• Gerald Ford was born in Omaha, Nebraska, but moved to Grand Rapids, Michigan, when his mother left a troubled relationship with his father. She remarried in Michigan and Ford, who was born Leslie Lynch King Jr., changed his name to Gerald Rudolph Ford Jr., in honor of his stepfather, after he graduated college.
• Ford was a star center on the University of Michigan football team, and he turned down contracts with the Detroit Lions and Green Bay Packers to attend law school at Yale University, where he also coached football.
• After graduating law school Ford returned to Michigan to practice law, and after the attack on Pearl Harbor served in the Navy during World War II.
• Ford’s growing interest in politics culminated with a successful bid for a seat in the United States House of Representatives in 1948, where he served until he was picked to become Richard Nixon’s vice president in December 1973.
How he defined the office
• Ford’s presidency is unique in that he is the first man to achieve the office without having been elected to either the presidency or the vice presidency. He was named Spiro Agnew’s replacement by Richard Nixon after Agnew resigned. He then succeeded to the presidency eight months later after Nixon’s resignation.
Successes and failures
• President Ford suffered an immediate decline in popularity when, a month into his time in office, he issued a pardon to President Nixon for his role in the Watergate scandal. He hoped the pardon would put Watergate behind him, but instead it angered many Americans – as well as members of Congress - who wanted to see Nixon face consequences.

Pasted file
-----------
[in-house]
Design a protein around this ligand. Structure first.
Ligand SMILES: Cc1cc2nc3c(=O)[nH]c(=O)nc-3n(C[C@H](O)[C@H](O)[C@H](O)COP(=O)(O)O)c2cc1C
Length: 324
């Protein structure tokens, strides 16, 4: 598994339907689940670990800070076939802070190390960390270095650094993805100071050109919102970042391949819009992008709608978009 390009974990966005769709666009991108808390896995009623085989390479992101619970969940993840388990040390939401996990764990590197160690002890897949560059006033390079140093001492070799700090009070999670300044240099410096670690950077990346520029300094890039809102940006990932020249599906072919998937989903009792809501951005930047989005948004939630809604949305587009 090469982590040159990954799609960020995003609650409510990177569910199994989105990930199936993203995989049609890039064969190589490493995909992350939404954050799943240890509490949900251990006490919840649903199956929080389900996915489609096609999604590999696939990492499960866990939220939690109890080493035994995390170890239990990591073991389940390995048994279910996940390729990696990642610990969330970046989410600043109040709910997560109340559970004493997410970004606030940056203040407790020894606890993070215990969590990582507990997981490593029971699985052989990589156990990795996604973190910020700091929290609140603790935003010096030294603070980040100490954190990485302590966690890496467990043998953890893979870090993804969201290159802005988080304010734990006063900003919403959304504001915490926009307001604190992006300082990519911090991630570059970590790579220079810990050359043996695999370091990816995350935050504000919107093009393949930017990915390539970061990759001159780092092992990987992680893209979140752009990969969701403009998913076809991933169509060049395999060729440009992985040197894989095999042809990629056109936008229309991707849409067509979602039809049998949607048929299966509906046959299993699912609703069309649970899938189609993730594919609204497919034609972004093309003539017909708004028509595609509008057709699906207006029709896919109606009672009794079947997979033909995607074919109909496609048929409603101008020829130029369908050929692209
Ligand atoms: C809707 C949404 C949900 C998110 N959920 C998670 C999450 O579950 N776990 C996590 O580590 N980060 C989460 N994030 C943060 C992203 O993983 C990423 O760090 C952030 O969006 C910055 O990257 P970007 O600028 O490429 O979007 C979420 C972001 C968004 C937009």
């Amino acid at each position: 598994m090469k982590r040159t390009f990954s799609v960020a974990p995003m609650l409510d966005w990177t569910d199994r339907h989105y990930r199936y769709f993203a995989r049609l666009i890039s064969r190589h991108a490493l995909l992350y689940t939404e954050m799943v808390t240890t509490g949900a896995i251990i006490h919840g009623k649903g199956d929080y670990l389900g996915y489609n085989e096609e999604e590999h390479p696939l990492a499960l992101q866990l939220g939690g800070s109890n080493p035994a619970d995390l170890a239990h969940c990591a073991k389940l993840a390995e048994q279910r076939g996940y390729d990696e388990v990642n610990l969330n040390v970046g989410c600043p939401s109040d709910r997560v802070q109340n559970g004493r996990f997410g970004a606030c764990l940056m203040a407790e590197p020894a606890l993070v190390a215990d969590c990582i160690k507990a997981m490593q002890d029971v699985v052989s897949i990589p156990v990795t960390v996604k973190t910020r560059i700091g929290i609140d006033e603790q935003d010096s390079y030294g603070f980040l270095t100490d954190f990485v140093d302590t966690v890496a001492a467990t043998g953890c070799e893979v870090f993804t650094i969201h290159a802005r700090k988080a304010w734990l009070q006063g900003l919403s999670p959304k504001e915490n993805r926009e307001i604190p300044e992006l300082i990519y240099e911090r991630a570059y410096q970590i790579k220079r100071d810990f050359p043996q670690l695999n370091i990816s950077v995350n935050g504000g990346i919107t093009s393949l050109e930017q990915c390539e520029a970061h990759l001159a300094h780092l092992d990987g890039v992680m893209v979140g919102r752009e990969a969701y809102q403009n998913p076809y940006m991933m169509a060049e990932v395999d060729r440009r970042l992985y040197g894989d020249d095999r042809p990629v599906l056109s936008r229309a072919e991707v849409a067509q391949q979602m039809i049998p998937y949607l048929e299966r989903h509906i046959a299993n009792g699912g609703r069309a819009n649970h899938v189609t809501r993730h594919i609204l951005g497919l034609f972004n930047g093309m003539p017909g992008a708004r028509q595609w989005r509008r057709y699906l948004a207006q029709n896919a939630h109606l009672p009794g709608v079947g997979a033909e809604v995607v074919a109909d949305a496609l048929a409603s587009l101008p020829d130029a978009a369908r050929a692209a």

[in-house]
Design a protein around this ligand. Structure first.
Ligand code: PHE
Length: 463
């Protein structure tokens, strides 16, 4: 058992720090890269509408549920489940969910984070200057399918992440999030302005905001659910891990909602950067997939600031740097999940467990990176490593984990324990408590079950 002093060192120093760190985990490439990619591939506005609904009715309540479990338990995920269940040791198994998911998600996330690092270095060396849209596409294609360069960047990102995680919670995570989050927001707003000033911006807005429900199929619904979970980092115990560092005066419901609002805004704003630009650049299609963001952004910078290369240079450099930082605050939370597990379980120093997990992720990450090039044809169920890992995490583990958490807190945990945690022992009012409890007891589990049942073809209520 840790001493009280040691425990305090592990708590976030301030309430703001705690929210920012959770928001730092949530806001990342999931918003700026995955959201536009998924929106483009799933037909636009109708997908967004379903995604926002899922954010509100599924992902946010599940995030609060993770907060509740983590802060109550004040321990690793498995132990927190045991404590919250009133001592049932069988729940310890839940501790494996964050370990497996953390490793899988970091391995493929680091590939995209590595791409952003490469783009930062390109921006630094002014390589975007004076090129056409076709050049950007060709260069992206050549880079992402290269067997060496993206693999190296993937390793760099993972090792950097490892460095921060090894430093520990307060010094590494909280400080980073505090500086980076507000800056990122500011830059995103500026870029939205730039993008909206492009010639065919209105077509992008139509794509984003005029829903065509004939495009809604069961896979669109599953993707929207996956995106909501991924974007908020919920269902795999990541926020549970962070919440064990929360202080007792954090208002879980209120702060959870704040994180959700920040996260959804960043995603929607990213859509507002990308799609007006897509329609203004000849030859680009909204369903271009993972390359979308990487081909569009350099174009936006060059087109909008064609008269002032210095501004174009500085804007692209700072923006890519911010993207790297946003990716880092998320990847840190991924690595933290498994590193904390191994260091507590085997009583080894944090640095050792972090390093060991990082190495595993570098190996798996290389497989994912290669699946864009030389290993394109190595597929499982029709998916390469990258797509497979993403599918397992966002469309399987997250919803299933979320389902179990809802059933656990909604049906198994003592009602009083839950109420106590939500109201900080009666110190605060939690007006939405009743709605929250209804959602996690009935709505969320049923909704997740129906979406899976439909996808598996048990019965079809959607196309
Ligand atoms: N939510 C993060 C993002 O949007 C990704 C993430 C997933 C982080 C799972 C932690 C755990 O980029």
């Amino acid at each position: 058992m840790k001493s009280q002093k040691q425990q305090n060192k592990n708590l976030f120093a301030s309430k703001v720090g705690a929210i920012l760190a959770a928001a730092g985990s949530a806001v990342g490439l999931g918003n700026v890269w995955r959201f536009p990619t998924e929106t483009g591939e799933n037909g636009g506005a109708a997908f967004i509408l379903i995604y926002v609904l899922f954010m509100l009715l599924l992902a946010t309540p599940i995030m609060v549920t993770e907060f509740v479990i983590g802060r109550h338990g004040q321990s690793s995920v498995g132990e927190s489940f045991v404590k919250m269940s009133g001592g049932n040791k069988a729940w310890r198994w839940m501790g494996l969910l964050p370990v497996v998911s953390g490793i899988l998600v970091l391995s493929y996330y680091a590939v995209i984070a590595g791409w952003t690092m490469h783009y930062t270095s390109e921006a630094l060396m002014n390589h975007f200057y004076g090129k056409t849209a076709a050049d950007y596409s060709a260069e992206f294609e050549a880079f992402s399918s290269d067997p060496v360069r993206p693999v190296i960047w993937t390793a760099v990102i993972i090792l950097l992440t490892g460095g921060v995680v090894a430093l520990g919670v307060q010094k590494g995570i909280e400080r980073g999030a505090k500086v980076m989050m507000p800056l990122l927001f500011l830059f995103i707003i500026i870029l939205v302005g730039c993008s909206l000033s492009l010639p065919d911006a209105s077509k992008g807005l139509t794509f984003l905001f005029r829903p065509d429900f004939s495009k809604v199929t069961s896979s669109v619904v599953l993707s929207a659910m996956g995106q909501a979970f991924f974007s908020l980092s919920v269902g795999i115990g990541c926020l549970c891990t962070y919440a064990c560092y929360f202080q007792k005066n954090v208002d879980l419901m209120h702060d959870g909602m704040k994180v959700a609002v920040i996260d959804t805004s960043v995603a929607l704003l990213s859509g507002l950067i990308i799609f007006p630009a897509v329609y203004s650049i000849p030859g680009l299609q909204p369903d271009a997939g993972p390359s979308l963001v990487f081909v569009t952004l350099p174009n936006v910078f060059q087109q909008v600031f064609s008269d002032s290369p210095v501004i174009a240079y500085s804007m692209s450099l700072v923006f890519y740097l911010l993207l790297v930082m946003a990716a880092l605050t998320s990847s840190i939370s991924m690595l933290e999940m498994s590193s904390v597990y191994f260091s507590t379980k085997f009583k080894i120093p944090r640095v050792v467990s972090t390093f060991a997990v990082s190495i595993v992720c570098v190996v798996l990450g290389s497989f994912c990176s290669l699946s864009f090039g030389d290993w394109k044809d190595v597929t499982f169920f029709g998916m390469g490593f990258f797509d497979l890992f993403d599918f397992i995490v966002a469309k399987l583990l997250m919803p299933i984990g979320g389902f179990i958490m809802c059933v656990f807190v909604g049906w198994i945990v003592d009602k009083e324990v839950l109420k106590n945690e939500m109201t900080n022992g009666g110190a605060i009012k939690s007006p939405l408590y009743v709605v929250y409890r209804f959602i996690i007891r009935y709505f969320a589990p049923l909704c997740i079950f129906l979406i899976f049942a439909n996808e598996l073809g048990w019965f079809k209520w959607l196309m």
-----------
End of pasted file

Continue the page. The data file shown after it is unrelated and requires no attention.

• Ford’s time in office was dominated by an economic decline. Inflation and unemployment were at their highest levels since World War II and the country increased its dependence on foreign oil, the price of which kept increasing.
• Ford inherited America’s up-and-down relationship with the Soviet Union, and worked to continue the policy of détente between the countries.
• The book on the Vietnam War closed during Ford’s presidency when he ordered the evacuation from Saigon of all United States personnel and South Vietnamese citizens with connections to the U.S.
• Ford narrowly edged Ronald Reagan for the Republican nomination in the 1976 election, but he lost the presidency to Jimmy Carter, ending his time in office.
• I have not sought this enormous responsibility, but I will not shirk it ... In all my public and private acts as your President, I expect to follow my instincts of openness and candor with full confidence that honesty is always the best policy in the end. My fellow Americans, our long national nightmare is over. Our Constitution works; our great Republic is a governemnt of laws and not of men. Here the people rule.” — upon being sworn in as president on Aug. 9, 1974.